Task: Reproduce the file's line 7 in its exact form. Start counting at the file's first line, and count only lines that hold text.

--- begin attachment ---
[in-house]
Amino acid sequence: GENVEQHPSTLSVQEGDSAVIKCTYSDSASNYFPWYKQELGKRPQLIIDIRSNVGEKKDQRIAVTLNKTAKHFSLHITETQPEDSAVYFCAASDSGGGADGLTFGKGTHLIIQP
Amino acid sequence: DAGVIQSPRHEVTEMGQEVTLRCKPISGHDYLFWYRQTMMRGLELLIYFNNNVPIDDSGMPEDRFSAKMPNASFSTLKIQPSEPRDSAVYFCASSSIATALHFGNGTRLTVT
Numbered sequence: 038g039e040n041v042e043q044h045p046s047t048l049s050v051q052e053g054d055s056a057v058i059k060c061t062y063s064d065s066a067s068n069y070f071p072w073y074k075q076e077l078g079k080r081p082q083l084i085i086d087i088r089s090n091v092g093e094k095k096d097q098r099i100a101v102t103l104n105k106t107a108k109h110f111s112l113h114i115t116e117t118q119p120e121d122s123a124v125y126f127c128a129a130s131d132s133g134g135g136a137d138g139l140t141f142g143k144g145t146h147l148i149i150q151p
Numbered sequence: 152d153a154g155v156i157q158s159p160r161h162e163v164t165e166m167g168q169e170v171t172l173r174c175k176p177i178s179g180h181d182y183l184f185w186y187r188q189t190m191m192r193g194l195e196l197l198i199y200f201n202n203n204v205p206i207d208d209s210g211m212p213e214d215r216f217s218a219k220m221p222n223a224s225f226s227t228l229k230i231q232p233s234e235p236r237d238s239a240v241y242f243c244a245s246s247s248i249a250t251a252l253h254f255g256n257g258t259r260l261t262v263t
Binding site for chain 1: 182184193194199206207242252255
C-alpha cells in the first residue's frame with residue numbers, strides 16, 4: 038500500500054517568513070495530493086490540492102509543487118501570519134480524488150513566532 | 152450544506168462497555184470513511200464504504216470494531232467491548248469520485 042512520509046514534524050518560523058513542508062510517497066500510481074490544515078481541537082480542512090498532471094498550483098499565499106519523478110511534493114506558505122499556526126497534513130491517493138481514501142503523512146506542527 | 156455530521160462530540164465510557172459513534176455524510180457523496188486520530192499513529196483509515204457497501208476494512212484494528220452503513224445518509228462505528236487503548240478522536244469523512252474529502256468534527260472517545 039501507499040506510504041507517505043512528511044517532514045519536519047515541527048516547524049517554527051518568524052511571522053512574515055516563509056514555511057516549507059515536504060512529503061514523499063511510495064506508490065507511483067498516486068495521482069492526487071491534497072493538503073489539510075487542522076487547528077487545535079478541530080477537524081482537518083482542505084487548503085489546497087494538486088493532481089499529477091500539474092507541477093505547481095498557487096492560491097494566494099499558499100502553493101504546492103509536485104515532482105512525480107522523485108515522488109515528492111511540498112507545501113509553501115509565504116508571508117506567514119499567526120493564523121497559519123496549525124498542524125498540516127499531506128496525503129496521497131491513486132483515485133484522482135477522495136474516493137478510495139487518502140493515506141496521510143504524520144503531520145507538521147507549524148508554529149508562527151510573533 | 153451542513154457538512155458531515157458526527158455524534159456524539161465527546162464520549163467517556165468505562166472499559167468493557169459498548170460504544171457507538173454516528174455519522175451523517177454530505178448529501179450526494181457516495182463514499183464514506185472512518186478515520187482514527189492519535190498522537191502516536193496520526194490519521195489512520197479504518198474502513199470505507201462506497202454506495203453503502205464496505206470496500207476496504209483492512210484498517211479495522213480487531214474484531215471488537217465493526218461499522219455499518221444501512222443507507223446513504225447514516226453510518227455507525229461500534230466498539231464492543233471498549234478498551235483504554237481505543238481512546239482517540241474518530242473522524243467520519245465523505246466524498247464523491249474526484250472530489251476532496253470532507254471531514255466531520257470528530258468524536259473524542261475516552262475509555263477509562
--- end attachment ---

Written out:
C-alpha cells in the first residue's frame with residue numbers, strides 16, 4: 038500500500054517568513070495530493086490540492102509543487118501570519134480524488150513566532 | 152450544506168462497555184470513511200464504504216470494531232467491548248469520485 042512520509046514534524050518560523058513542508062510517497066500510481074490544515078481541537082480542512090498532471094498550483098499565499106519523478110511534493114506558505122499556526126497534513130491517493138481514501142503523512146506542527 | 156455530521160462530540164465510557172459513534176455524510180457523496188486520530192499513529196483509515204457497501208476494512212484494528220452503513224445518509228462505528236487503548240478522536244469523512252474529502256468534527260472517545 039501507499040506510504041507517505043512528511044517532514045519536519047515541527048516547524049517554527051518568524052511571522053512574515055516563509056514555511057516549507059515536504060512529503061514523499063511510495064506508490065507511483067498516486068495521482069492526487071491534497072493538503073489539510075487542522076487547528077487545535079478541530080477537524081482537518083482542505084487548503085489546497087494538486088493532481089499529477091500539474092507541477093505547481095498557487096492560491097494566494099499558499100502553493101504546492103509536485104515532482105512525480107522523485108515522488109515528492111511540498112507545501113509553501115509565504116508571508117506567514119499567526120493564523121497559519123496549525124498542524125498540516127499531506128496525503129496521497131491513486132483515485133484522482135477522495136474516493137478510495139487518502140493515506141496521510143504524520144503531520145507538521147507549524148508554529149508562527151510573533 | 153451542513154457538512155458531515157458526527158455524534159456524539161465527546162464520549163467517556165468505562166472499559167468493557169459498548170460504544171457507538173454516528174455519522175451523517177454530505178448529501179450526494181457516495182463514499183464514506185472512518186478515520187482514527189492519535190498522537191502516536193496520526194490519521195489512520197479504518198474502513199470505507201462506497202454506495203453503502205464496505206470496500207476496504209483492512210484498517211479495522213480487531214474484531215471488537217465493526218461499522219455499518221444501512222443507507223446513504225447514516226453510518227455507525229461500534230466498539231464492543233471498549234478498551235483504554237481505543238481512546239482517540241474518530242473522524243467520519245465523505246466524498247464523491249474526484250472530489251476532496253470532507254471531514255466531520257470528530258468524536259473524542261475516552262475509555263477509562